So you’ve just reviewed your mutual funds in your 401k or your private account and discovered that one of your funds only returned 5% last year while other funds returned 10% or 20%. What are you going to do?
Many people would sell the fund that performed poorly and buy the one that returned 20%. After all, that manager might have some secrets that allow him to generate those 20% returns. Why would someone want to settle for a paltry 5% return when one could get 20%?
One must be careful to read that little disclaimer that is at the bottom of all mutual fund advertisements: “Past performance may not be indicative of future results.” No one is able to accurately predict how a certain stock will do over one year. There are just too many things that can happen int he mean time. Even if the company does well, public opinion may sour on the company and the share price decline anyway. Or maybe they’ll double earnings, but people will expect them to triple earnings, so they’ll drop off in price when earnings are announced.
Just because a stock fund does poorly in any given year does not mean that it will do poorly the next year. Buying that stock fund that shot up 20% may also mean that you are buying a group of stocks that are now overpriced and ready to fall or just sit there for the next four years. It is the result of this chasing performance that most people buy stocks right before they are ready to fall off and sell them just before they are ready to shoot up.
If a mutual fund is performing poorly relative to other funds, one should see if it is that the sector of the market that the fund is in just performed poorly or there is something wrong with the fund itself. Because funds own so many different stocks, it is unlikely that they can actually lag their overall market over a long period of time unless their fees are relatively high. If the sector just performed badly, perhaps large caps only went up 5% while small caps shot up 20%, it may well be that large caps are due for a rally the next year. If one sells the fund now, he would miss a large gain.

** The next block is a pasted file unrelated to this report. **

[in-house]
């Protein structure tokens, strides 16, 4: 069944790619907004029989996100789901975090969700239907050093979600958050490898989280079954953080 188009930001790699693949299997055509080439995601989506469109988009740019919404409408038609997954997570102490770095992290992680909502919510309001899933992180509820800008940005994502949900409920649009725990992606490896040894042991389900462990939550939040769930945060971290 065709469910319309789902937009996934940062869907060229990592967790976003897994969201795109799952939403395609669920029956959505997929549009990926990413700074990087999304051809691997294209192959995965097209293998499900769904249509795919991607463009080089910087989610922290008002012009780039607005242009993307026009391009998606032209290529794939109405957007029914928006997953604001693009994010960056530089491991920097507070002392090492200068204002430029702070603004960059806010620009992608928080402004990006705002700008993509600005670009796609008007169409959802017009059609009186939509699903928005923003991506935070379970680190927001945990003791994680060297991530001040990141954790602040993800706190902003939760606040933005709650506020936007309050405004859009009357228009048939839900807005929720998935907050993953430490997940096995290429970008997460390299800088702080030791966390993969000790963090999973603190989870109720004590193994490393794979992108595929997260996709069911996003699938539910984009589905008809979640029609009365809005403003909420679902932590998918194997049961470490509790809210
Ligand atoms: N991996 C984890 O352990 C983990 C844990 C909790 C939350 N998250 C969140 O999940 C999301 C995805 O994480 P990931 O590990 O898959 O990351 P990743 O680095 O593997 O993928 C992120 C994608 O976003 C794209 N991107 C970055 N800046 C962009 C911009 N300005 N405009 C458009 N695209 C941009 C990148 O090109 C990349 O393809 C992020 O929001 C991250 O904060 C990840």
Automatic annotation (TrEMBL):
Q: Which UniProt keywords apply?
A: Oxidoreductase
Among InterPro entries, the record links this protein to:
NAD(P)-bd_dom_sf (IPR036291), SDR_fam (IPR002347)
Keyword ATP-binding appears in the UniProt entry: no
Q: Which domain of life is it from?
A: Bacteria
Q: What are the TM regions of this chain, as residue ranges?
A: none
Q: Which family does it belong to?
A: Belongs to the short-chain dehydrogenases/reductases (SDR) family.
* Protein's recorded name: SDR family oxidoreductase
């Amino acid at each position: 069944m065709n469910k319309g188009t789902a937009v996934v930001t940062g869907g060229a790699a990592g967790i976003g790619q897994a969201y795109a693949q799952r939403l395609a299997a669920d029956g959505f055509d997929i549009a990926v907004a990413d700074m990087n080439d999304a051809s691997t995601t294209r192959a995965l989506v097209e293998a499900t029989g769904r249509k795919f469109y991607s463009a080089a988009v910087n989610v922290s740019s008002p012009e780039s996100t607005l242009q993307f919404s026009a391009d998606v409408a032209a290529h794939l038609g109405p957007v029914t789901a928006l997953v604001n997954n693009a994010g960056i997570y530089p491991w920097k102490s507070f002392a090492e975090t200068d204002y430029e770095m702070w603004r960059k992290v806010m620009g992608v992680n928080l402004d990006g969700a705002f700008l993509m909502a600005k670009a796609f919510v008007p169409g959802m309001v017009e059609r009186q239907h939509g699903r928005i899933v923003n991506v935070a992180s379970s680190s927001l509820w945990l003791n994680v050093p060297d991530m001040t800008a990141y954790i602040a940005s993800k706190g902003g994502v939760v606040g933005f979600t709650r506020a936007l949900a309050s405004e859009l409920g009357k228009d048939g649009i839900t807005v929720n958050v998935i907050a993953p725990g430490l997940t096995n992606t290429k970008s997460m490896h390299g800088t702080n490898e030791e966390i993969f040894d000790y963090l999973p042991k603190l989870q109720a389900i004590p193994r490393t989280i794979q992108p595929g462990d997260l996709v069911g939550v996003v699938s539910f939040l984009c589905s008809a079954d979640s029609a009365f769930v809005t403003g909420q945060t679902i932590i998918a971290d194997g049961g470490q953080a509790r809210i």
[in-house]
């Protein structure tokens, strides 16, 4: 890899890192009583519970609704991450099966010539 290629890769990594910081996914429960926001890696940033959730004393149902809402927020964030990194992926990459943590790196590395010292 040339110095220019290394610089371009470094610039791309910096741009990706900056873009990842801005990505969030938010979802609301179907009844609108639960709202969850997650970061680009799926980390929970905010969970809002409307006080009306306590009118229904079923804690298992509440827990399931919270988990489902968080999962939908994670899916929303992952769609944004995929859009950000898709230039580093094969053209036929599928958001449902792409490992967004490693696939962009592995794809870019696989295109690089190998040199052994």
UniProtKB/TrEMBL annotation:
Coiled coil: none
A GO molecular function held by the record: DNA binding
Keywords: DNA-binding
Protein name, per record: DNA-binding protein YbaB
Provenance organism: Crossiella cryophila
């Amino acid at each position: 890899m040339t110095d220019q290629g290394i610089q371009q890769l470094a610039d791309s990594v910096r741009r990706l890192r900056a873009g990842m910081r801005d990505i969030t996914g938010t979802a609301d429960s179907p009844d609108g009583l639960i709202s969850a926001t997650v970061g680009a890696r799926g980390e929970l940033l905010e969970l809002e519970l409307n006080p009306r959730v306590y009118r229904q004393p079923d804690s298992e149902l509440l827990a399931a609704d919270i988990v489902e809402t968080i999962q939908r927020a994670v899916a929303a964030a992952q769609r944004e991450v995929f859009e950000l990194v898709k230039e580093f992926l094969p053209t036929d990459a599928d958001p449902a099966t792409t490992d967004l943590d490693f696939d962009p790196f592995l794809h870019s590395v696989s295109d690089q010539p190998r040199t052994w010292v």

So if a fund performs badly, do the following:
1) Check the fees compared to other similar funds. If fees are high (greater than 1%), it would be wise to change to a less expensive fund in the same sector. index funds tend to have very low fees.
2) Evaluate the segment of the market and decide if you are in the right sector. If you are in an emerging markets fund the performance will likely be all over the board with some spectacular years and some dismal years. If you buy a bond fund it will not perform as well as a stock fund over a long period of time, but int he bad years it will probably hold up better. For example, in 2008 stocks fell more than 20% while bond funds generally had a positive return. It is therefore a good idea to own funds in different segments of the market with the balance depending on how long you have to invest the money.
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Disclaimer: This blog is not meant to give financial planning advice, it gives information on a specific investment strategy and picking stocks. It is not a solicitation to buy or sell stocks or any security. Financial planning advice should be sought from a certified financial planner, which the author is not. All investments involve risk and the reader as urged to consider risks carefully and seek the advice of experts if needed before investing.